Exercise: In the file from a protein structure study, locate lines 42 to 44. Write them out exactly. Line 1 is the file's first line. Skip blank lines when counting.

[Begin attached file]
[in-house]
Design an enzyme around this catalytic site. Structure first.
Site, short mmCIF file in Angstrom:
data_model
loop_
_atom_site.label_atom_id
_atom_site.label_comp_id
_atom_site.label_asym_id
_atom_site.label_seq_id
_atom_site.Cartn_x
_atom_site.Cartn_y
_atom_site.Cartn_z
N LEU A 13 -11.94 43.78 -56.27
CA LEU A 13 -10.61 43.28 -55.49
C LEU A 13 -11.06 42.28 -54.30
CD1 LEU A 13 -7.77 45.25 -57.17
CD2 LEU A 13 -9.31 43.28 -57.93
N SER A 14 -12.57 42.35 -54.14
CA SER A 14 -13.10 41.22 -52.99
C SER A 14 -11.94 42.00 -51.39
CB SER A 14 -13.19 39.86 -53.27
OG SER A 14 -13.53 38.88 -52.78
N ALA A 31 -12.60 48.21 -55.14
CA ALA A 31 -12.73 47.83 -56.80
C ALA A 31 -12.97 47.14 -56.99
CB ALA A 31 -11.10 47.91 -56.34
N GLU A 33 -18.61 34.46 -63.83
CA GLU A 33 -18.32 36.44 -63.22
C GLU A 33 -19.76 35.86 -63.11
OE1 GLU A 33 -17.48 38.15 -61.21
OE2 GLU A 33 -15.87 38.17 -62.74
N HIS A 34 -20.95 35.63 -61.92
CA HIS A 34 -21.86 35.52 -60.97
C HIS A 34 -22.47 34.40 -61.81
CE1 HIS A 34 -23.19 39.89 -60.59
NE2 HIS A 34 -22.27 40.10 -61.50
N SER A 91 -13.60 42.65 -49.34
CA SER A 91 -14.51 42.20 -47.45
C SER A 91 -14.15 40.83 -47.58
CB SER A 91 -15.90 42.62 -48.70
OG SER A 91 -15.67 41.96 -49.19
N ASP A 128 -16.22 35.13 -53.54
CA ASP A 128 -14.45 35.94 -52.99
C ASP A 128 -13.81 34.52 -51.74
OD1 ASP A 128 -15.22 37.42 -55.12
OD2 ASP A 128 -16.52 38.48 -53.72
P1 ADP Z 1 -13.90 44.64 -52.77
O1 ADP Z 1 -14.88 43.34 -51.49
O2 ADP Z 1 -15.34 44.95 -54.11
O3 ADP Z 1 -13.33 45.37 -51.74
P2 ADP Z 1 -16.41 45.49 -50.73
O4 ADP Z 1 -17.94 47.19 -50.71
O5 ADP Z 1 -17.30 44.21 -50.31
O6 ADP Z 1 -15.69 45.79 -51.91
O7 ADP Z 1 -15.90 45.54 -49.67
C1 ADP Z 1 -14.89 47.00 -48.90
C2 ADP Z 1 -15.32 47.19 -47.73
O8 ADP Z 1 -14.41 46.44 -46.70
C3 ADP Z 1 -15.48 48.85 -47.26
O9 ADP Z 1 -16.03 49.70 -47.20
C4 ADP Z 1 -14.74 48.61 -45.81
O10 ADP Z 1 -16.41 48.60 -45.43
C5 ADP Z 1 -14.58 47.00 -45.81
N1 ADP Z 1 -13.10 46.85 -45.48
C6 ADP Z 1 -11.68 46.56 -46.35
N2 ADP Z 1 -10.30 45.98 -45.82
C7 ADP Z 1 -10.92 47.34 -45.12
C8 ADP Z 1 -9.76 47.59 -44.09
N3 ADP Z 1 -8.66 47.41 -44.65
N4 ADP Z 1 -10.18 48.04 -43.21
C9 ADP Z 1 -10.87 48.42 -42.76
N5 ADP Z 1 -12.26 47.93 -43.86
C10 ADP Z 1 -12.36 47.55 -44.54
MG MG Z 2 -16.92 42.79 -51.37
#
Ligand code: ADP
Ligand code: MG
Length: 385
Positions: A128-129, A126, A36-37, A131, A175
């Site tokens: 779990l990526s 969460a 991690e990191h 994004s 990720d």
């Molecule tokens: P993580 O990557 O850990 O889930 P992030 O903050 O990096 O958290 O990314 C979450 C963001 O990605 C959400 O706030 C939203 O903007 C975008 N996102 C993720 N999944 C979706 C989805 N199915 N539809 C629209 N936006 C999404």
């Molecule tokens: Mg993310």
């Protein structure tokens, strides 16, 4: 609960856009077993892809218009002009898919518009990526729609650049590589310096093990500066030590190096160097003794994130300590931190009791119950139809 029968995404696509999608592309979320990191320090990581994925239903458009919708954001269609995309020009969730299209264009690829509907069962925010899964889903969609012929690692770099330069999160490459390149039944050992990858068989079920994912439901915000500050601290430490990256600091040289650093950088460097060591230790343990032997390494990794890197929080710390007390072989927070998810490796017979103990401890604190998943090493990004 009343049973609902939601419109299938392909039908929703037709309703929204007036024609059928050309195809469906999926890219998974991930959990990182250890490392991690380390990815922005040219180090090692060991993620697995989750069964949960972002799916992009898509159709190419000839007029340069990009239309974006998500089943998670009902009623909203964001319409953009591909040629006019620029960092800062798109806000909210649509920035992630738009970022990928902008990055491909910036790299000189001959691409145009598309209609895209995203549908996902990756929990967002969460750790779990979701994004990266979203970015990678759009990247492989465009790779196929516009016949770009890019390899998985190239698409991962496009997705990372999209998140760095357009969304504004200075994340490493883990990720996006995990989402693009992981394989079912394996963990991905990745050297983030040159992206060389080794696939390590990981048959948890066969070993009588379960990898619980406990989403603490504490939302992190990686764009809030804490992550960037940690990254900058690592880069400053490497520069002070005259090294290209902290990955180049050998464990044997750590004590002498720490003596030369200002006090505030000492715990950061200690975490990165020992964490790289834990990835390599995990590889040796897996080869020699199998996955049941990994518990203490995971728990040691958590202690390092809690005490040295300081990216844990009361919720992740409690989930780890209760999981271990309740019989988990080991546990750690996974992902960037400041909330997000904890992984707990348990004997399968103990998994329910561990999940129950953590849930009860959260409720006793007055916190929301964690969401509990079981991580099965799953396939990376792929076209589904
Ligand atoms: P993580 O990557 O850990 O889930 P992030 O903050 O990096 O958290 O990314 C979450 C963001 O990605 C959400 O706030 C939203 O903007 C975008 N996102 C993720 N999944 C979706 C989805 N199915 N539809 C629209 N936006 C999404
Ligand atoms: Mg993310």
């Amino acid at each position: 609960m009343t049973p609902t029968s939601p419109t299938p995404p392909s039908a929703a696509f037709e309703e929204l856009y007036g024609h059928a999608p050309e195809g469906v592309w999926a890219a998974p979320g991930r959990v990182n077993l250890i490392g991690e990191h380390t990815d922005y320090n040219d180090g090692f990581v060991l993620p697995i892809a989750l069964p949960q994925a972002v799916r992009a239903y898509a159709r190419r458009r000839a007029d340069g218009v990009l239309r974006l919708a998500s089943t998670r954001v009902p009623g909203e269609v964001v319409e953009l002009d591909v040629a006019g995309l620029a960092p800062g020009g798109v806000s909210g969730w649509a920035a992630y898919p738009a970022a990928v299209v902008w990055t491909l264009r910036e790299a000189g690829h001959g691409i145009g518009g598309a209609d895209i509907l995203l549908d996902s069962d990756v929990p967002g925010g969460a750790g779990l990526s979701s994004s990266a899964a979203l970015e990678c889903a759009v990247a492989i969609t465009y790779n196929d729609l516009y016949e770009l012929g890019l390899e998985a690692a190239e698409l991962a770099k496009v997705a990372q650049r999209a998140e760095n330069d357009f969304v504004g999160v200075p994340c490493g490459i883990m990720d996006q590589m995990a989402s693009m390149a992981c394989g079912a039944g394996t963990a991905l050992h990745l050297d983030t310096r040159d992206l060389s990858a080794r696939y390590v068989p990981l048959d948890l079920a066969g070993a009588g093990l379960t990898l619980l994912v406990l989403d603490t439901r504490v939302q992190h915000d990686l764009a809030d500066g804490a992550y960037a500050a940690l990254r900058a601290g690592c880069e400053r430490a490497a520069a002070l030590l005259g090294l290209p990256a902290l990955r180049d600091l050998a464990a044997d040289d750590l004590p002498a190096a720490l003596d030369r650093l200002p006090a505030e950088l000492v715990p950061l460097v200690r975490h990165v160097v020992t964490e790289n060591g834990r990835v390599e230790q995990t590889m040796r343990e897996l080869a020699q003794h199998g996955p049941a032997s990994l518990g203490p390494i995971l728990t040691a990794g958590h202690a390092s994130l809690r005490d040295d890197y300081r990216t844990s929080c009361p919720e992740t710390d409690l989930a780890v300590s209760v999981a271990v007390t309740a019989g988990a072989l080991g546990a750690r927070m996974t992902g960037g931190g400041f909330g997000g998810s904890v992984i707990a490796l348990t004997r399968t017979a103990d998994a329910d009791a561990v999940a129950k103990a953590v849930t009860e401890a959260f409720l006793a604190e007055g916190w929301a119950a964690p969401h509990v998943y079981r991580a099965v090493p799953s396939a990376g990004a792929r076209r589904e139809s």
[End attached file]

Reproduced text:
N ASP A 128 -16.22 35.13 -53.54
CA ASP A 128 -14.45 35.94 -52.99
C ASP A 128 -13.81 34.52 -51.74